The blue saw-wing is found over a wide range of habitats, including various scrublands, grasslands, moist tropical forests, along rivers and streams, second growths, plantations, rural gardens and within urban areas. They are present at altitudes of 300-2.400 m.

Diet:
They forage on the wing, taking various aerial arthropods.

Breeding:
The blue saw-wing is monogamous, nesting in solitary pairs or in loose colonies. The nest in a long burrow excavated by both sexes into a riverbank, sandbank, erosion gulley, roof of aardvark Orycteropus afer burrow, trench or road cutting, with the entrance often concealed by vegetation. At the end of the burrow they build a cup made of lichens and grass. The female lays 1-3 eggs, which are incubated by the female for 14-19 days. The chicks are fed by both parents and fledge 24-27 days after hatching.

Conservation:
IUCN status - LC (Least Concern)
This species has a very large breeding range and is described as generally common to locally abundant, although not common in the lower Congo Basin, west Sudan, south Zambia and central Zimbabwe. The population is suspected to be in decline owing to ongoing habitat destruction.

Monday, 28 October 2013

White-eared bulbul

Pycnonotus leucotis

Photo by Carmelo López (Internet Bird Collection)

Common name:
white-eared bulbul (en); tuta-de-orelha-branca (pt); bulbul à oreillons blancs (fr); bulbul orejiblanco (es); weißohrbülbül (de)

Taxonomy:
Order Passeriformes
Family Pycnonotidae

Range:
This species is found from Iraq and eastern Saudi Arabia, through southern Iran and into southern Afghanistan, Pakistan and north-western India.

Size:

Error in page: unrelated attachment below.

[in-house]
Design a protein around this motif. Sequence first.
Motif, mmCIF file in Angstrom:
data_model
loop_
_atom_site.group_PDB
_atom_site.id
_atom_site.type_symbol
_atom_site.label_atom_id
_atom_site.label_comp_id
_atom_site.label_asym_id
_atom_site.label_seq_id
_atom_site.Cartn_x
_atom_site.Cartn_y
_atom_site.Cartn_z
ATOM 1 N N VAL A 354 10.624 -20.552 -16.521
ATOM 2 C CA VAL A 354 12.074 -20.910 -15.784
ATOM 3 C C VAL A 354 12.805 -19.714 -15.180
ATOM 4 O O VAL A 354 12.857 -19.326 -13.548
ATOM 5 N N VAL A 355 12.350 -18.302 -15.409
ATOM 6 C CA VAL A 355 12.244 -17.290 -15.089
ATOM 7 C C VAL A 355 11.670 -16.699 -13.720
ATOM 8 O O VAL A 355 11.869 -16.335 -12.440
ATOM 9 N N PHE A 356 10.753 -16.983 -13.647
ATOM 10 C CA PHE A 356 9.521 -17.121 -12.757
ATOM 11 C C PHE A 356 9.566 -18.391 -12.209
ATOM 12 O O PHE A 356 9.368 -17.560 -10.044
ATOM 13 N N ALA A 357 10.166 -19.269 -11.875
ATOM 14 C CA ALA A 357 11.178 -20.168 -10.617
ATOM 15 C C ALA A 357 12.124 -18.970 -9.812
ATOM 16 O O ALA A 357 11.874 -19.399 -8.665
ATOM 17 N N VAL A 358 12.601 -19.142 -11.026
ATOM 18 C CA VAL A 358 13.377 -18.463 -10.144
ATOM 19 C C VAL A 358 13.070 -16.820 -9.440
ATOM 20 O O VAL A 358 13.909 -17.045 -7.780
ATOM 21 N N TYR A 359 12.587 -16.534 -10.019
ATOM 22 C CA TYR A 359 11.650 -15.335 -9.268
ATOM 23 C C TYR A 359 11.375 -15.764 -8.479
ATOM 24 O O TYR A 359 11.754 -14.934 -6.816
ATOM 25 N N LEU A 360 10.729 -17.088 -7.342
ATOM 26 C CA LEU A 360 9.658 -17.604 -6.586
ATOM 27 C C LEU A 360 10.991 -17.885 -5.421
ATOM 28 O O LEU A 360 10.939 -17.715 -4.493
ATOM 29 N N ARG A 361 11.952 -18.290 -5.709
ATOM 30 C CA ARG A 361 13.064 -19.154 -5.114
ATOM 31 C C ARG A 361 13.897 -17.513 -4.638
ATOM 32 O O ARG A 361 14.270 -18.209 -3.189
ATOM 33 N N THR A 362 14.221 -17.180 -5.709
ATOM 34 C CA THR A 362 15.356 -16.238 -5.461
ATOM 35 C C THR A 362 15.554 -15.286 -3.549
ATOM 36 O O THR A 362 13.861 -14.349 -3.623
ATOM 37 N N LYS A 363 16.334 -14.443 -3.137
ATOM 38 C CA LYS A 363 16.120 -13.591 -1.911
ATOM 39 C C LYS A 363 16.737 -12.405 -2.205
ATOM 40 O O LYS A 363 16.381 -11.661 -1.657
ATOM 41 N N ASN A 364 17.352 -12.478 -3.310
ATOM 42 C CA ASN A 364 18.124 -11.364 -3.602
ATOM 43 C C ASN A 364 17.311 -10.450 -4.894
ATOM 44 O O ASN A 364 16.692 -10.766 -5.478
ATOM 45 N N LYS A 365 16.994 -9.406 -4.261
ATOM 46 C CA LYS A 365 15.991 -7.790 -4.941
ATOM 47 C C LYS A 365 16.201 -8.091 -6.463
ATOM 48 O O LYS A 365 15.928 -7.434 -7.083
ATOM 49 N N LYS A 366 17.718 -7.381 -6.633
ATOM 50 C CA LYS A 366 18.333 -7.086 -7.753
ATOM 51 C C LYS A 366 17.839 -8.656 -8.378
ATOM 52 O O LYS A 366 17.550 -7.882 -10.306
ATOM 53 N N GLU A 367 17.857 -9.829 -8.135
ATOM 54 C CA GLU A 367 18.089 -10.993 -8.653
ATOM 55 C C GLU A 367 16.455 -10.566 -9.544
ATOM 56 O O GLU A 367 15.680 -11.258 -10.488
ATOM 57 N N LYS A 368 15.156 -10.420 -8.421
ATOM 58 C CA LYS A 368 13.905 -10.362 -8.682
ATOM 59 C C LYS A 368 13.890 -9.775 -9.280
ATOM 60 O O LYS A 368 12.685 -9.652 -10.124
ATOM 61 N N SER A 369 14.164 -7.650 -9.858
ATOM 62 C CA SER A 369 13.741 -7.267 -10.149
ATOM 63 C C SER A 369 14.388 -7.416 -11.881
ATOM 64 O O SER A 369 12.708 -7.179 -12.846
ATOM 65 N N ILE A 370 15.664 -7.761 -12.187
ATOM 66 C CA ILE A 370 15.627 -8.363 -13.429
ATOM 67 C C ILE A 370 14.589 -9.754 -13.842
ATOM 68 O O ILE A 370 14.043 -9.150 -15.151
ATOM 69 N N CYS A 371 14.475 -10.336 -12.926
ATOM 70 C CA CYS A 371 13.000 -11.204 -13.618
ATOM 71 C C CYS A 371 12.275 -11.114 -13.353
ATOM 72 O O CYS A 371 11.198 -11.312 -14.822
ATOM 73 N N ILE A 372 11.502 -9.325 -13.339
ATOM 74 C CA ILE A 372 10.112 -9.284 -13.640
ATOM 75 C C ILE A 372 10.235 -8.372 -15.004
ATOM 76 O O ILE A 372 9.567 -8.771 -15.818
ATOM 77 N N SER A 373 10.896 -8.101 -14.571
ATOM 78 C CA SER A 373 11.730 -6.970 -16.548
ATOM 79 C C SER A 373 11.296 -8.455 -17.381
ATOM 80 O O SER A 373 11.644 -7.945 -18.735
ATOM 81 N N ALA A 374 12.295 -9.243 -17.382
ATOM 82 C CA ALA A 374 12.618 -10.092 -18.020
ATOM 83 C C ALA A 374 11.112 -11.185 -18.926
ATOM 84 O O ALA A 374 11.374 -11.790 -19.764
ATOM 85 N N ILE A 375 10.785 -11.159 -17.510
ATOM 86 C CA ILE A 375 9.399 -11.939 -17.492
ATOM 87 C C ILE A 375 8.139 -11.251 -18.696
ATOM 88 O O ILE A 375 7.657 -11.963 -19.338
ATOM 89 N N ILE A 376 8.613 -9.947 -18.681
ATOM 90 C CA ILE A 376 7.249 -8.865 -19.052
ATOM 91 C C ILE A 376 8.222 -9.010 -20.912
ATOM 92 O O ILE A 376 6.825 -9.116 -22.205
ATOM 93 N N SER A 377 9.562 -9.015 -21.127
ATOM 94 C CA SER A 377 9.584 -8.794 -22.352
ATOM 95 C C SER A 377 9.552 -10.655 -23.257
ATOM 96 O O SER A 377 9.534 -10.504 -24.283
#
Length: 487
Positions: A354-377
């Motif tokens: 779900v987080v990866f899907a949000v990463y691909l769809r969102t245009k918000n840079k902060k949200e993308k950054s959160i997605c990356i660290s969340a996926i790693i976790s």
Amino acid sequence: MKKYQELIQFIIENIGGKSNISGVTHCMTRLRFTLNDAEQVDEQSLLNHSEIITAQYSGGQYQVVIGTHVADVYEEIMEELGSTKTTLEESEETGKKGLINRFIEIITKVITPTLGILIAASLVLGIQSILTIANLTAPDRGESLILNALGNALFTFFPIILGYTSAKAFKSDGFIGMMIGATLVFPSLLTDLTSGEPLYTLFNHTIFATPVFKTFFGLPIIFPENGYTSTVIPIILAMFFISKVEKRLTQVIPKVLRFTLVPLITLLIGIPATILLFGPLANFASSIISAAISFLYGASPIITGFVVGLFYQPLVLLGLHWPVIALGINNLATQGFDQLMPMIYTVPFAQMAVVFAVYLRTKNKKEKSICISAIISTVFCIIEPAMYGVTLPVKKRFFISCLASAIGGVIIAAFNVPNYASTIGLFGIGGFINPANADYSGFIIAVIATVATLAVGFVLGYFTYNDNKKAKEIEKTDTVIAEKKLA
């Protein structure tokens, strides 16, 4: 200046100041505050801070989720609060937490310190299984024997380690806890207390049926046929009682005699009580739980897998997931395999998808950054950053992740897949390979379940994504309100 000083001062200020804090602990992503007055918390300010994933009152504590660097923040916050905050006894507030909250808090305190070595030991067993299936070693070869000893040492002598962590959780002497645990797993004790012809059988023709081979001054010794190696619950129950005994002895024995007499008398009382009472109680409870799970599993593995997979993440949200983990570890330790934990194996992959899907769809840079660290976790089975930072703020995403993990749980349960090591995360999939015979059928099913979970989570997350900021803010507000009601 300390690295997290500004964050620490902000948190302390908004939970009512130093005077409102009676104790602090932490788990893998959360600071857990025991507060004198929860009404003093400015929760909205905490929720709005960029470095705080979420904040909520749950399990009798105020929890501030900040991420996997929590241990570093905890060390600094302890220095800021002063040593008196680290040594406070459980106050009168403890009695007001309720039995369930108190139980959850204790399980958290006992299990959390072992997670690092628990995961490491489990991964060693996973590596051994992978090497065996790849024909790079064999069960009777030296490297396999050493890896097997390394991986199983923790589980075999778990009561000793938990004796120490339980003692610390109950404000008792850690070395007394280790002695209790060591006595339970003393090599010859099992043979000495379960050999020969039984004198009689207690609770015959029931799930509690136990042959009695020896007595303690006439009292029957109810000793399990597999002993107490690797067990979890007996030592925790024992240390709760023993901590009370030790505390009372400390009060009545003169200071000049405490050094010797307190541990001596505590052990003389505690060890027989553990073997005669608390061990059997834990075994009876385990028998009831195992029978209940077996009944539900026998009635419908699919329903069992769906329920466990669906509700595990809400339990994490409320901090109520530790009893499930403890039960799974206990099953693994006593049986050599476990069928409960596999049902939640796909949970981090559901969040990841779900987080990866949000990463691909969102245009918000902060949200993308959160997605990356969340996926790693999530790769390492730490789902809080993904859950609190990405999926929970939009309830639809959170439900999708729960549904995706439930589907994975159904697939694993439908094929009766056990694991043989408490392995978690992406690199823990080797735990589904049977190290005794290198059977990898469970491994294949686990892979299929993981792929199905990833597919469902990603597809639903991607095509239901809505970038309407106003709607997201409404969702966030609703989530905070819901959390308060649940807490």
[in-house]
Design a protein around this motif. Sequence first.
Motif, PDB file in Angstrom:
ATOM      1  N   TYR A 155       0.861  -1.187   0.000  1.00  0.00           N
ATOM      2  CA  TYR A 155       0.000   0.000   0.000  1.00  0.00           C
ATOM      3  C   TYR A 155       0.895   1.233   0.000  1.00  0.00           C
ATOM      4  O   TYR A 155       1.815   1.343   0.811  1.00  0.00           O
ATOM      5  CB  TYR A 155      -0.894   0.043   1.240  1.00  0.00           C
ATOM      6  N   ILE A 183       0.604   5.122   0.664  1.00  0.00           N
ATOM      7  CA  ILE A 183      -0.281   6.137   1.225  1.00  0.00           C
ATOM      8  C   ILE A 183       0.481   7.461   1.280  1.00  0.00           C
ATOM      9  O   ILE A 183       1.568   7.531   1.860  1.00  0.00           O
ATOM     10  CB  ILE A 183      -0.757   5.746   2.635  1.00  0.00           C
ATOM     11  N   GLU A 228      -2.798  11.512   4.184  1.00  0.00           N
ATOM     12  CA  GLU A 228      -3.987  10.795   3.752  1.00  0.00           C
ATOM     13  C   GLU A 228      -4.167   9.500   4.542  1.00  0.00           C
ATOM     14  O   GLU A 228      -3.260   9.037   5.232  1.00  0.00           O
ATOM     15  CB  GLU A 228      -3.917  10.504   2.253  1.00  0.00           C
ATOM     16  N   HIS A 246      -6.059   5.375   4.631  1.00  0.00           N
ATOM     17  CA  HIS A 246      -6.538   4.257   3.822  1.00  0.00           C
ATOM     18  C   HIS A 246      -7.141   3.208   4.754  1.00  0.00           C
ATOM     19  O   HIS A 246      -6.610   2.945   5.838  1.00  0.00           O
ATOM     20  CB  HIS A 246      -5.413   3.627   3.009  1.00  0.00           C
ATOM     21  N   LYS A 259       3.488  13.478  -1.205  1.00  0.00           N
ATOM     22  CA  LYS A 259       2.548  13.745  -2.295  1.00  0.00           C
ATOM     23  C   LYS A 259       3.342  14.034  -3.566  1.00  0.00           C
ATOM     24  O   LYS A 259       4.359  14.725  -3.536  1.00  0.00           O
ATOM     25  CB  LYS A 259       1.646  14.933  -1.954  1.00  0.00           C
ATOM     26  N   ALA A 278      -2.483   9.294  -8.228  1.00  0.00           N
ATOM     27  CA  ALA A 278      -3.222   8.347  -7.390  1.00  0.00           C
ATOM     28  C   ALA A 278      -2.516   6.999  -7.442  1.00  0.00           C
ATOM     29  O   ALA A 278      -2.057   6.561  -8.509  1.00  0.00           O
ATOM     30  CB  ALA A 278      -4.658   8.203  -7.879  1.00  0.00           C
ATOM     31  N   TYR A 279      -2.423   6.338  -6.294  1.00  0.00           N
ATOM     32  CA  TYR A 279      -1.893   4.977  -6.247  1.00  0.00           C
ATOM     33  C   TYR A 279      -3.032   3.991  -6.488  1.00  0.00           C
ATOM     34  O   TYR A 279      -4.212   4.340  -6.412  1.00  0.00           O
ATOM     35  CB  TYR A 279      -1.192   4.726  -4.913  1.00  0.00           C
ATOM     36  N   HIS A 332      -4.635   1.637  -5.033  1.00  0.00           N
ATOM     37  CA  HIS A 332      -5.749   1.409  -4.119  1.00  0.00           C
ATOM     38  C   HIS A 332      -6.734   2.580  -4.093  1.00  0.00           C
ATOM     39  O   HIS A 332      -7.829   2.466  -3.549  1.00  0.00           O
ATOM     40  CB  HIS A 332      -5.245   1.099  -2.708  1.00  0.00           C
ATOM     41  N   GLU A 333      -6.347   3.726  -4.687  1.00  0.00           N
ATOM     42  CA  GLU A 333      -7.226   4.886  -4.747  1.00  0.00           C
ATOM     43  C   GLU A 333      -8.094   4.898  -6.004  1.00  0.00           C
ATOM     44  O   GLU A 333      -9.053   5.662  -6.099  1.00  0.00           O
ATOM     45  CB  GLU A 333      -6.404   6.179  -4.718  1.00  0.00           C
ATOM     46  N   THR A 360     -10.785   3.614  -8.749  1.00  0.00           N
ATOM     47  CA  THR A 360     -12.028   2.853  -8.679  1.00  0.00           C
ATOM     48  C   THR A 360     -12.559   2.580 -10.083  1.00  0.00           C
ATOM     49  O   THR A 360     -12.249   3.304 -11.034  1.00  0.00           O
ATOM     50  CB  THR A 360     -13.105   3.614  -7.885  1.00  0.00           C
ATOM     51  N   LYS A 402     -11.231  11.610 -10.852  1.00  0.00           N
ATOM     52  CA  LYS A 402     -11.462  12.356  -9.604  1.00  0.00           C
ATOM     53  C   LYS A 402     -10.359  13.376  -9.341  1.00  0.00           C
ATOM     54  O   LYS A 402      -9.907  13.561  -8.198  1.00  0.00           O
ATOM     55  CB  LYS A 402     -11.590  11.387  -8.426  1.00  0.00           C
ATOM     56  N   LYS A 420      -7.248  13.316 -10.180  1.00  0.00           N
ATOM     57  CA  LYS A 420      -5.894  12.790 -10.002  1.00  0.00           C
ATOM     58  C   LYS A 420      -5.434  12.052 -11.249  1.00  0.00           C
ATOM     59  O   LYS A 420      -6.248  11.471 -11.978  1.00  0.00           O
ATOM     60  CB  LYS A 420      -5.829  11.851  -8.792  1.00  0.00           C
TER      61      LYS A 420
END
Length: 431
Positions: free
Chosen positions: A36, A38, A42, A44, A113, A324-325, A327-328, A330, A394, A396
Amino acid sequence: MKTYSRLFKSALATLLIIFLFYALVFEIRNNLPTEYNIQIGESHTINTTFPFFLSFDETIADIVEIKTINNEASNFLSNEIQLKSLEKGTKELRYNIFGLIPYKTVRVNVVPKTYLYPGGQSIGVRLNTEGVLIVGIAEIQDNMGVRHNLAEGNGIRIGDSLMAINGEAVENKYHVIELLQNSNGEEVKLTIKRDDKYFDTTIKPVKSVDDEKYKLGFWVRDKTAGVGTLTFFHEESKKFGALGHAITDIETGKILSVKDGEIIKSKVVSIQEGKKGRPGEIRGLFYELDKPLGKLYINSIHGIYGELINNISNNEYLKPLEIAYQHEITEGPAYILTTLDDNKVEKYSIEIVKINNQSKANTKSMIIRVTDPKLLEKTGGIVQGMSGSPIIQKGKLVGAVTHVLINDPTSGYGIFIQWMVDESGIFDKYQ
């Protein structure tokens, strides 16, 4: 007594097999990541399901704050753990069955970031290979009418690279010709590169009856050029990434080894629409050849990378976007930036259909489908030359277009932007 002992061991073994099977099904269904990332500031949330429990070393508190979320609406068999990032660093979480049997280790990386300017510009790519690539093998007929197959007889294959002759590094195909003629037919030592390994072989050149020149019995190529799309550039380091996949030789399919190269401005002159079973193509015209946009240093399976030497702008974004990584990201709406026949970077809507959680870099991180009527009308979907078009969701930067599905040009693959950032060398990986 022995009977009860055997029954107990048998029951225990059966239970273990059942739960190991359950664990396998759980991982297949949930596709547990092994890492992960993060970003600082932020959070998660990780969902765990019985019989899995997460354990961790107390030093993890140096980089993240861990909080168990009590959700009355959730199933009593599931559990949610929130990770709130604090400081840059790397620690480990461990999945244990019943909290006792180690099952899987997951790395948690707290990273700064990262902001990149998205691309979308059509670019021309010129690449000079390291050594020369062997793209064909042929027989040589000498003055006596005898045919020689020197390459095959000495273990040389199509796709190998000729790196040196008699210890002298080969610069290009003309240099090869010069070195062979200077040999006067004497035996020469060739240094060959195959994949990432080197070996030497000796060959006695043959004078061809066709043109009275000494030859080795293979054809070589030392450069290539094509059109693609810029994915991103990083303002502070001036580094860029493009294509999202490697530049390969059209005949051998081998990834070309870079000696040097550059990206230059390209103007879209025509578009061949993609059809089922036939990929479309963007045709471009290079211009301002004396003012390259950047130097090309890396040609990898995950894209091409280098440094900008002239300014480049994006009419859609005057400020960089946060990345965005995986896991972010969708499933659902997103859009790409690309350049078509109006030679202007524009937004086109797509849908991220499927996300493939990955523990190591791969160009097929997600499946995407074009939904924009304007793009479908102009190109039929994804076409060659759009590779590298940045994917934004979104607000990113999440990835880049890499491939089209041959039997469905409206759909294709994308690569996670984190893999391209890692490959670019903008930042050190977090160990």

These birds are 18 cm long and weigh 30-45 g.

Habitat:
The white-eared bulbul is mostly found in dry savannas and scrublands, but also in reedbeds along rivers, streams, lakes and marshes, in mangroves, deserts, plantations, rural gardens and arable land.

Diet:
They feed on fruits and insects.

Breeding:
White-eared bulbuls breed in March-June. The nest is an open cup made of plant fibres, where the female lays 2-4 light brown eggs. The eggs are incubated by both parents for 14-15 days. The chicks are fed by both parents and fledge about 15 days after hatching.

Conservation:
IUCN status - LC (Least Concern)
This species has a very large breeding range and is described as locally common. The population is suspected to be in decline owing to the irrigation of a few desert regions

Sunday, 27 October 2013

Terek sandpiper

Xenus cinereus

Photo by Christodoulos Makris (Trek Nature)

Common name:
Terek sandpiper (en); maçarico-sovela (pt); chevalier bargette (fr); andarríos del Terek (es); Terekwasserläufer (de)

Taxonomy:
Order Charadriiformes
Family Scolopacidae

Range:
This species breeds from Finland to north-eastern Siberia, as far east as the Kolyma river. They migrate south to winter along the coasts of eastern Africa, southern Asia and Australia.

Size:
These birds are 22-25 cm long and have a wingspan of 45-60 cm. They weigh 70-100 g.

Habitat:
The Terek sandpiper breeds in lowland valleys in northern boreal forests and tundra, especially on floodplains with flooded meadows and marshes, and where overgrown moist grasslands alternate with willow scrubland. They also use the shores of lakes, slow-moving rivers and sheltered seas. Outside the breeding season they are found in estuaries and mudflats, coral reefs, sandy and pebbly beaches, sandbars and mudflats at river mouths, coastal swamps, saltpans, coastal lagoons and saltmarsh creeks.

Diet:
On the breeding areas they feed mainly on adult and larval midges, as well as seeds. Outside the breeding season they feed on various insects, small molluscs, crustaceans, spiders and annelid worms.

Breeding:
Terek sandpipers breed in May-August. They are semi-colonial and each nest consists of a shallow depression in open or short vegetation, close to water, typically lined with grass and debris. There the female lays 2-5 eggs, which he mostly incubates alone for 20-24 days. The chicks leave the nest soon after hatching, being tended by both parents. They start flying about 15 days after hatching.Each pair raises a single brood per season.

Conservation:
IUCN status - LC (Least Concern)